Halloween: the holiday where as kids we couldn’t wait to go door to door to achieve the golden goal of a full bag of candy. Halloween soon turns into a question mark for teens; in an instant, there is a change of when it is ‘appropriate’ to go trick-or-treating and when you should just move on. Are you the one who thinks Trick-or-treating is lame or the one who still walks around your neighborhood every year -- no matter how many dirty looks you may get. What teenagers decide to do on Halloween varies: going to a party, passing out candy, staying home are a few popular options. Throughout my highschool experience I have been able to witness and experience all different types of halloteens, each with their own traits.
Halloween is an appreciation of the afterlife and the survival after death. Literal meaning is the night before All Hallows' Day (aka All Saints' Day). Day of the Dead is the remembrance and celebration of friends and family who are dead.
The catholic, mexican holiday, Day of the Dead and the very westernized holiday Halloween may seem very alike with their traditions and themes, but in retrospect, they are very different and have very different origins. Halloween and Day of the Dead happen at the same time, end of October and beginning of November. The background of these two holidays are very spiritual and they have an interesting story of how the Halloween and day of the dead was created. In this essay, I will be talking about the how Halloween and Day of the Dead are celebrated , the origins of Day of the Dead and Halloween, and decorations and celebrations of Day of the Dead and Halloween. Both Day of the Dead and Halloween deal with spooky traditions but they are very different than the stereotypical thought that they are just weird, scary holidays but after reading some background to these two holidays, many people realize there is a lot more to Halloween and Day of the Dead.
The catholic holiday, Day of the Dead and the holiday Halloween may seem very alike with their traditions and themes, but, they are very different and have very different origins. Halloween and Day of the Dead happen at the same time, end of October and beginning of November. The background of these two holidays are very spiritual and they have an interesting story of how the Halloween and day of the dead was created. In this essay, I will be talking about the how Halloween and Day of the Dead are celebrated , the origins of Day of the Dead and Halloween, and decorations and celebrations of Day of the Dead and Halloween. Both Day of the Dead and Halloween deal with spooky traditions but they are very different than the stereotypical thought that they are just weird, scary holidays but after reading some background to these two holidays, many people realize there is a lot more to Halloween and Day of the Dead.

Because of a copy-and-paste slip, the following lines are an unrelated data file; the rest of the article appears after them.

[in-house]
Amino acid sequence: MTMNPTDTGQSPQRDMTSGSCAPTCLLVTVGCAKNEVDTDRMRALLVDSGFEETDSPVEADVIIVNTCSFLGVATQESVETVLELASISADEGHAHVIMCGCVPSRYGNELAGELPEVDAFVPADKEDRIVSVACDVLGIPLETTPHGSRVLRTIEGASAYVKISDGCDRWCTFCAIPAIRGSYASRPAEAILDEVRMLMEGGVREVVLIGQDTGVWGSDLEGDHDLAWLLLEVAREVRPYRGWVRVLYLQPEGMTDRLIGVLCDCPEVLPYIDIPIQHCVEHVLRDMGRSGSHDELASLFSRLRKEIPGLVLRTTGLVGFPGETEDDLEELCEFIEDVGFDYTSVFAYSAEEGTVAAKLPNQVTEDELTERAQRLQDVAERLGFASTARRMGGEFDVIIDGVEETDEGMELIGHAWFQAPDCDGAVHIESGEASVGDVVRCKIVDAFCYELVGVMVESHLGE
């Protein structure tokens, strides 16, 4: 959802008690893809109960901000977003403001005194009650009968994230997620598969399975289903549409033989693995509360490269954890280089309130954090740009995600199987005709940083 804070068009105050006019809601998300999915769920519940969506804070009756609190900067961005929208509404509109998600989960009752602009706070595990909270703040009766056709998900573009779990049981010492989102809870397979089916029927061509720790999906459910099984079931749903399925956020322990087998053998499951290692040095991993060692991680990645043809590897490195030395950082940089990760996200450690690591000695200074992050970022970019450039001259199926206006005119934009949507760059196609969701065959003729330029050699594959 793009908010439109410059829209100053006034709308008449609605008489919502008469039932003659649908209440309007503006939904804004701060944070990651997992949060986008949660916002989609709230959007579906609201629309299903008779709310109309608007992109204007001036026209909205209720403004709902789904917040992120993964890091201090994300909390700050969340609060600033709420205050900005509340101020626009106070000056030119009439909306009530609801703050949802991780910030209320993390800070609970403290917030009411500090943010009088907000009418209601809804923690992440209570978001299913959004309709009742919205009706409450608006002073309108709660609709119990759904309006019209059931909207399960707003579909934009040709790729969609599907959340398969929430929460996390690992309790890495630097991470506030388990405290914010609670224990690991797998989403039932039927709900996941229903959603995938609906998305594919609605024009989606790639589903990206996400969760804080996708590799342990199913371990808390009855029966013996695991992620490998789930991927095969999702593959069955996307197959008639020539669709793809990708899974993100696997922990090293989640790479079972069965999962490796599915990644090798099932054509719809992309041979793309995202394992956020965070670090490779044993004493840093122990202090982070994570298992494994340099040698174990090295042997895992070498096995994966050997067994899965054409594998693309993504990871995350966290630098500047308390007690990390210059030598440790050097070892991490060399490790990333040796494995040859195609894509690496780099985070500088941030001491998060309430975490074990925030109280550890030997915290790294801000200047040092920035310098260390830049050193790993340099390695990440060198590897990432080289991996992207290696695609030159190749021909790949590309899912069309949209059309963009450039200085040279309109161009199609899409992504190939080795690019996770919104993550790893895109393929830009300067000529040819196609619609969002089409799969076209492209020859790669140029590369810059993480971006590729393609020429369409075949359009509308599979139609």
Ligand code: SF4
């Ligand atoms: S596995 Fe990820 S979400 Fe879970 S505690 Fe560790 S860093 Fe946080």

La dia de los Muertos dates back to as early as the maya and aztec days, nearly 3,000 years ago. “The Aztecs didn’t fear death. They believed the way a person died determines their type of afterlife.” (Sarah Massey) Families place alters in their homes with favorite foods of the deceased people, sugar skulls with their name on it, special possessions of the loved ones, and Pan de Muerto (bread of the dead). On the altar are four special elements, water, wind, fire, and earth. Candles represent fire, food represents the earth. Halloween dates back to the celt days, about 2,000 years ago. They lived in what now is known as Ireland, Scotland, and Wales. They gathered on October 31st to celebrate the end of the harvest season. The celts believed that spirits roamed the earth on this night. Celts out food out for the spirits, this was the first form of trick or treating. Some dressed up as the dead to scare away the spirits. They carved turnips and put candles in them to make lanterns. This tradition continued when the immigrants came to America, but pumpkins were easier to find so they carved pumpkins. They swapped scary stories and had a big feast. Roman Catholics began to celebrate All Hallows’ day on November 1st, October 31st became All Hallows’ Eve, later shortened to